First published by Viking, 1990
Now available through iUniverse.com
His daughter dead by his own folly, Shakespeare's King Lear carries her corpse and cries, "Why should a dog, a horse, a rat have life / And thou no breath at all?"
The novel addresses Lear's question.
Set in the early 1970s in a poor upstate New York county—a world of mobile homes, teenage marriages, unemployment, and the vacation "camps" of the well-off—this novel is about Royal West, 22, and his older brother Van, an angry and disturbed Vietnam vet. Surprised in the midst of a burglary of the summer home of a professor from Connecticut, Van, with Royal at his side, kills the professor's son. Told from Royal's point of view, it is the story of criminals who cannot allow themselves to get away with their crime. A Dostoyevskian tale of crime, punishment and ethical nihilism, it is also the story of the rebirth of a conscience and a will—of responsibility.
Citation for the Career Award from The American Academy and Institute of Arts and Letters:
"In ten novels, a book for children, a play, and two works of nonfiction, Christopher Davis has built a career that comes to a marvelous reckoning in his most recent novel Dog Horse Rat. This is a moving study of post-Vietnam voices and the spell of randomness and acceptable violence under which we've lately fallen. In all of his books, Mr. Davis is a master of the quietly engineered sentence. His prose is a form of plainsong that disguises the sophistication of his method but never the breadth of his understanding and compassion."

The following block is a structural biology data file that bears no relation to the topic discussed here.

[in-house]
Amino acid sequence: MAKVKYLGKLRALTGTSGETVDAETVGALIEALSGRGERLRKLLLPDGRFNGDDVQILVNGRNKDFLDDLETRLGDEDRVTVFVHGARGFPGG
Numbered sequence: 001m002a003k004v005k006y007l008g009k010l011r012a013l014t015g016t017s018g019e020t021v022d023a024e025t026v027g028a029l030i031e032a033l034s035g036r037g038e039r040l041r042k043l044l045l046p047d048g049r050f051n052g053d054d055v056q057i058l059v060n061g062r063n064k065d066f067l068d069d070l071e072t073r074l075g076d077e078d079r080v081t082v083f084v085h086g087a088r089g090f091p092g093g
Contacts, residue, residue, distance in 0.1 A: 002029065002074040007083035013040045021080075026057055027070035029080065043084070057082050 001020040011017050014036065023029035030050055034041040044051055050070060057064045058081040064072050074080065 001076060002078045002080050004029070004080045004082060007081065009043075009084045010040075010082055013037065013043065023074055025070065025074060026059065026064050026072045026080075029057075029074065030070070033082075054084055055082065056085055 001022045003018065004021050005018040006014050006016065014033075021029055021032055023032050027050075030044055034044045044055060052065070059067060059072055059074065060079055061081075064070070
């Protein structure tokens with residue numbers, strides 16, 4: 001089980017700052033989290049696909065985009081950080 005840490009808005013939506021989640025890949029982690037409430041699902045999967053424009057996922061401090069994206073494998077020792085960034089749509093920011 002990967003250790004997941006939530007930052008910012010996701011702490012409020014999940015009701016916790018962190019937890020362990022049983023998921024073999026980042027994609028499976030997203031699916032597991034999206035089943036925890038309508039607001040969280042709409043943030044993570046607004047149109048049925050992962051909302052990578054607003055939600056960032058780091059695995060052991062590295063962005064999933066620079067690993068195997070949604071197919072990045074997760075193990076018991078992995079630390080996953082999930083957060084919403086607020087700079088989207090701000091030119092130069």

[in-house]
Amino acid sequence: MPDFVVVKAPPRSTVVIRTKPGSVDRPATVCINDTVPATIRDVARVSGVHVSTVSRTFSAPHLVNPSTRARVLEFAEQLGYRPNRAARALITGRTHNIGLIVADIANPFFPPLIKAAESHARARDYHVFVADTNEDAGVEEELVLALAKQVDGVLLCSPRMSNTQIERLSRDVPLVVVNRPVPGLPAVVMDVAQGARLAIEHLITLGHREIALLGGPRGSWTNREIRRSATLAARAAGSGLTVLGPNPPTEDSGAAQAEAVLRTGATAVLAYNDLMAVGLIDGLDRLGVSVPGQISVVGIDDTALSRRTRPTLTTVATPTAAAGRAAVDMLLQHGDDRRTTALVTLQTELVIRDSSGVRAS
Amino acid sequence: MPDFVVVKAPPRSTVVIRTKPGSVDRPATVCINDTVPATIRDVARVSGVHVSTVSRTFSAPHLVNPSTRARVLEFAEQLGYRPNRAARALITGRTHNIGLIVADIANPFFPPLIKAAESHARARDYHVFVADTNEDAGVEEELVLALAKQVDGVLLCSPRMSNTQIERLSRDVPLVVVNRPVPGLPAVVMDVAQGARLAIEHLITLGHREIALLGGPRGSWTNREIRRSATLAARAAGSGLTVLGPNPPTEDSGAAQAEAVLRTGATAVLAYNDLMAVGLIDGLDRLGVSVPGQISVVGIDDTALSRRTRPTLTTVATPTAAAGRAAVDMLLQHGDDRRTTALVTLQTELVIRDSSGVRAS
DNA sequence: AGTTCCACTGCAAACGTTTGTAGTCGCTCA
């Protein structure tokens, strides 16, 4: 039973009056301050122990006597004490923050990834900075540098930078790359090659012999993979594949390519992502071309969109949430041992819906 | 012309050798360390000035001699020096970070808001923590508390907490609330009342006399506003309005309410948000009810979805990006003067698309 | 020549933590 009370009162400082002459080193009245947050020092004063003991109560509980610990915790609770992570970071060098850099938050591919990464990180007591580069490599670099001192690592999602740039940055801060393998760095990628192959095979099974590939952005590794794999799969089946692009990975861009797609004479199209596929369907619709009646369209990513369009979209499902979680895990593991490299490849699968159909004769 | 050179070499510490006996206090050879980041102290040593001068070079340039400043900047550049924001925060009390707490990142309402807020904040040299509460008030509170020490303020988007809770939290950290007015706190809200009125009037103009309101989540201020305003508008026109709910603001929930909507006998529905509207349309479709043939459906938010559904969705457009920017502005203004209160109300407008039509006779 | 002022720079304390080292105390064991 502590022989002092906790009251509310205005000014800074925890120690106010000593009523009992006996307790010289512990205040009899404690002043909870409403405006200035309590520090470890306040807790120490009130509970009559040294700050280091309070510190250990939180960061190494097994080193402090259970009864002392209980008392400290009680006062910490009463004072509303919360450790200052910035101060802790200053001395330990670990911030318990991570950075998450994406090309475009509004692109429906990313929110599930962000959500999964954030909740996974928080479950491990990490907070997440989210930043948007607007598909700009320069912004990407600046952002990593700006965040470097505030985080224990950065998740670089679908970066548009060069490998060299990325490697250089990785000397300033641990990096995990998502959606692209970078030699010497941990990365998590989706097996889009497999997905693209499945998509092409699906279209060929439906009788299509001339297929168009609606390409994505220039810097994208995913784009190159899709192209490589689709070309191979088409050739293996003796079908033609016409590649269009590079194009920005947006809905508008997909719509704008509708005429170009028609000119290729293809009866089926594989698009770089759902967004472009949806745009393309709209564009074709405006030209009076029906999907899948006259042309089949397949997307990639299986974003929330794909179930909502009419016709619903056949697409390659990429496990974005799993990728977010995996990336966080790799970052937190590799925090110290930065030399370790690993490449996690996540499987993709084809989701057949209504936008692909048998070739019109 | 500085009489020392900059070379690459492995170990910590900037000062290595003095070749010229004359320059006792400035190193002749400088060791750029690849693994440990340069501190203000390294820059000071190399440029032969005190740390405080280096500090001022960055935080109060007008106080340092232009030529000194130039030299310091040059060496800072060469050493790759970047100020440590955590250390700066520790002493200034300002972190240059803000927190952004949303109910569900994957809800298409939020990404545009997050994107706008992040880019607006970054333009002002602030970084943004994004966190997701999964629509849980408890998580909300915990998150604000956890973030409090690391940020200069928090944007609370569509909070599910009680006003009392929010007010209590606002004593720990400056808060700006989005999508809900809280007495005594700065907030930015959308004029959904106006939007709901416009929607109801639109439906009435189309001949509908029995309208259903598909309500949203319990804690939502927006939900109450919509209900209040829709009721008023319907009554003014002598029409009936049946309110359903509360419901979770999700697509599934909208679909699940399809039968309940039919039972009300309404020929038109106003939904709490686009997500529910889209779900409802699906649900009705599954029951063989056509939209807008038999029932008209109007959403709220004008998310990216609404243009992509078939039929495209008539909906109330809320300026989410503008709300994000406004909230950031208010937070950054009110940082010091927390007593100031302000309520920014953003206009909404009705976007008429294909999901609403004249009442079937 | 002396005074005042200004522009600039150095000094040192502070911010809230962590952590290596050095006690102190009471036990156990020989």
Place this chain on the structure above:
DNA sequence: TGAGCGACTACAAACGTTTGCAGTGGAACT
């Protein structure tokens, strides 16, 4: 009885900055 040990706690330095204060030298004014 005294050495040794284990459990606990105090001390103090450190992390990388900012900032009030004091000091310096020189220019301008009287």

May 15, 1991
Selected Comments and Review Quotes:
"A startling American pastoral that rocks and shocks in the manner of Flannery O'Connor...In language that is pure, plain, and swift, Christopher Davis chronicles the unpeaceable kingdom of a pair of brothers who become murderers almost at random."
—Cynthia Ozick, author
"An expert piece of work on every level."
—Don Delillo, author
"A perfectly controlled book about young men desperately seeking control. [It] has the depth of generations of sorrow and bravado striking sparks against each other and the pervasive schizophrenia of the enclosed life of the American underclass."
—Carolyn See, LA Times
"The artistry of novelist Christopher Davis is one of the secrets of contemporary American fiction."
—Don Gold, Chicago Sun-Times
"Rarely does a contemporary writer display a mastery of conventions both traditional and modern; suffice it to say that Davis knows his Henry James as well as his Shakespeare...impeccably rendered description... perfectly conceived and executed plot...a symbolic slice of the Middle American pie."
—David Bradley, The Pennsylvania Gazette
"A stark sharp tale [that] burrows inside the minds of its two protagonists, reducing them to their grim, dim anarchic cores...DOG HORSE RAT is about guilt and a sort of shadowy redemption, It's about the intractable bonds of brotherhood, and the intractable pulls of conscience. It's about shattered, aimless lives...It is a story about what we inherit in our bloodlines, and what we struggle to make our own."